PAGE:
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The trail of blood

Analyst testifies that victim’s DNA was found throughout alleged murderer’s home

Posted: October 22, 2010 10:15 p.m.
Updated: October 23, 2010 4:30 a.m.

Joshua Pipho’s blood was found inside the Stevenson Ranch home — in the garage, laundry room and upstairs bathroom — where his alleged killer, Michael Dean Stephens, lived, a DNA analyst told San Fernando Superior Court on Friday.

Anselmo Casas, a senior criminalist who works in the biology section of the Los Angeles County Sheriff’s Department, said blood samples collected inside the single-family home in the 26000 block of Singer Place contained specific genetic information identical to Pipho’s genetic information.

Casas said he analyzed blood samples taken from the top and front of a washing machine inside the home and from a shower door, then determined they were a match to Pipho’s DNA profile.

Pipho’s blood was found on the 4-inch blade of a folding knife and on the knife’s handle, he said.

Putting on surgical gloves, Casas opened an envelope given to him by Deputy District Attorney Mary Sedgwick on the witness stand, pulled a folding knife from the envelope and told the jury it was the same one he had examined.

Pipho’s blood was also found, he said, inside, outside and underneath a dark-blue Lincoln Mark VIII recovered by sheriff’s detectives at the Singer Place home.

Blood samples lifted from the car’s steering wheel, driver’s door, driver’s seat, gas pedal and undercarriage were also identified as Pipho’s blood through Casas’ DNA analysis.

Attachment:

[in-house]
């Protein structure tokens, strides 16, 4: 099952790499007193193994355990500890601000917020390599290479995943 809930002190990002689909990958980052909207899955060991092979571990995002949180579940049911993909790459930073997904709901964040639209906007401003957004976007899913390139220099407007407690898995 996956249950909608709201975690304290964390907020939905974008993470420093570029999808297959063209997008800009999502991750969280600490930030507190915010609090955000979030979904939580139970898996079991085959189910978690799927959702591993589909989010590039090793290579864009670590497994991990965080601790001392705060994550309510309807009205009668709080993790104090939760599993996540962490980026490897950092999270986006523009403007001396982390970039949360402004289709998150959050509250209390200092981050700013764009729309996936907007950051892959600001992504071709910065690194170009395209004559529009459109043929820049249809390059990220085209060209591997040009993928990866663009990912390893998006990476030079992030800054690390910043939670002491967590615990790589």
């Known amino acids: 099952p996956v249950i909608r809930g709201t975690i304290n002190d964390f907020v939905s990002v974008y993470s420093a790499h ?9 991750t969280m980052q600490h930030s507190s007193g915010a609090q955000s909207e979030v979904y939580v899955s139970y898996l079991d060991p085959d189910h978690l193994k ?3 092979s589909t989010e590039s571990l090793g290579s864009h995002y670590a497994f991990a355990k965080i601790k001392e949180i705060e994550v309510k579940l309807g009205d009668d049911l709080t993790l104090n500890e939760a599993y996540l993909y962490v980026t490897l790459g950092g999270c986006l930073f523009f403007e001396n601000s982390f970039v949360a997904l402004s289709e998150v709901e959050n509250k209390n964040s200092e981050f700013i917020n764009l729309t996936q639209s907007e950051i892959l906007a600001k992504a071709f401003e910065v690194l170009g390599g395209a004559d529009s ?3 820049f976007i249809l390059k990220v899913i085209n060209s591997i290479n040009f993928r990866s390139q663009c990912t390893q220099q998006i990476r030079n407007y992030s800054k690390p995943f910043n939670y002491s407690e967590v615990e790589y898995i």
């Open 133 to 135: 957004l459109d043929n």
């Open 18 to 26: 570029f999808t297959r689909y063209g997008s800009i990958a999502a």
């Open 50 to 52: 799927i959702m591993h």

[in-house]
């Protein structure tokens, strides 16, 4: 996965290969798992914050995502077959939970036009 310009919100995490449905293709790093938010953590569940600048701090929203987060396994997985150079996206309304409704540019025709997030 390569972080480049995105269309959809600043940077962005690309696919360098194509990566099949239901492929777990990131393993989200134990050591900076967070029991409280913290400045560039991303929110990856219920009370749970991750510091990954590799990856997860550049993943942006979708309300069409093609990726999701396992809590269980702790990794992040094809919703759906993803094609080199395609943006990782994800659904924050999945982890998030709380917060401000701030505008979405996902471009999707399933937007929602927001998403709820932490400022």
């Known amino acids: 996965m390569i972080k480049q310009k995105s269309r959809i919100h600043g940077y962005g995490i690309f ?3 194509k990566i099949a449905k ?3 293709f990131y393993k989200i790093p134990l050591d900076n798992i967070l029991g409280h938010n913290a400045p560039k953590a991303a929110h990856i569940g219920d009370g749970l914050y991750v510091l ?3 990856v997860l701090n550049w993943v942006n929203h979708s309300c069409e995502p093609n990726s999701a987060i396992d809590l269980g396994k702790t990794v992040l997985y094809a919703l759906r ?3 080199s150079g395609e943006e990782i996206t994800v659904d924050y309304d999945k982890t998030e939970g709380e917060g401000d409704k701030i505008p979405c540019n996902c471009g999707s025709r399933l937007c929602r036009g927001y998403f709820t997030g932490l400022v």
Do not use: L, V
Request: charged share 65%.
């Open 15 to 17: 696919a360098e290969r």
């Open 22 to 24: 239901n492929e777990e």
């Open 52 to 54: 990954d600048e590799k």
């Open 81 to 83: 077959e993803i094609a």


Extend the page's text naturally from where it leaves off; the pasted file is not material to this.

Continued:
Casas explained to the jury that DNA stands for deoxyribonucleic acid and is the genetic material found in cells.

Putting the “matches” he made into perspective, he told jurors there is at least a one-in-sextillion chance that genetic information found in the samples belonged to someone other than Josh Pipho, with a sextillion being a thousand billion.

Stephens, now 21, faces two felony counts in the stabbing of two men in November 2007 — he is accused of killing one and critically injuring the other. He is charged with murder and attempted premeditated murder.

Before Friday’s court proceedings got underway, Stephens walked into the courtroom from the custody area wearing a gray jacket, his tie draped around his shoulders.

Defense lawyer Peter J. Korn stood up to face his client, then tied and straightened Stephens’ tie.

The body of 20-year-old Josh Pipho was found Nov. 23, 2007, in the Diamond Head apartment complex.

In her opening statements presented at the start of the trial, Sedgwick said Stephens stabbed Pipho about 16 times then got into his car and intentionally drove over him. She said Stephens struck Pipho’s friend Chad Weitz with the car, and then stabbed him approximately 16 times as well.

A blood sample collected from a blood-stained sidewalk on Steinbeck Avenue matched the DNA profile of Weitz, Casas testified.

Although she did not formally announce that the prosecution rests its case, Sedgwick presented the last of her evidence Friday with video surveillance of the Singer Place home recorded the night after the deadly altercation.

Jurors watched half a dozen black-and-white video clips of cars pulling in and out of the home on Singer Place, and of people coming and going from the home as late as 3 a.m. on Nov. 24, 2007.

The surveillance video footage of the Stephens’ driveway was recorded by the family’s next-door neighbor and stamped with the date and time it was shot.

Detective Bob Kenney of the Sheriff’s Department interpreted for the jury what was taking place on the video, pointing out on a chart at one point that the Singer Place home is 1.4 miles from the Diamond Head apartment complex.

Korn, who is expected to begin presenting his case Monday, had no cross-examination questions for either Casas or Kenney.


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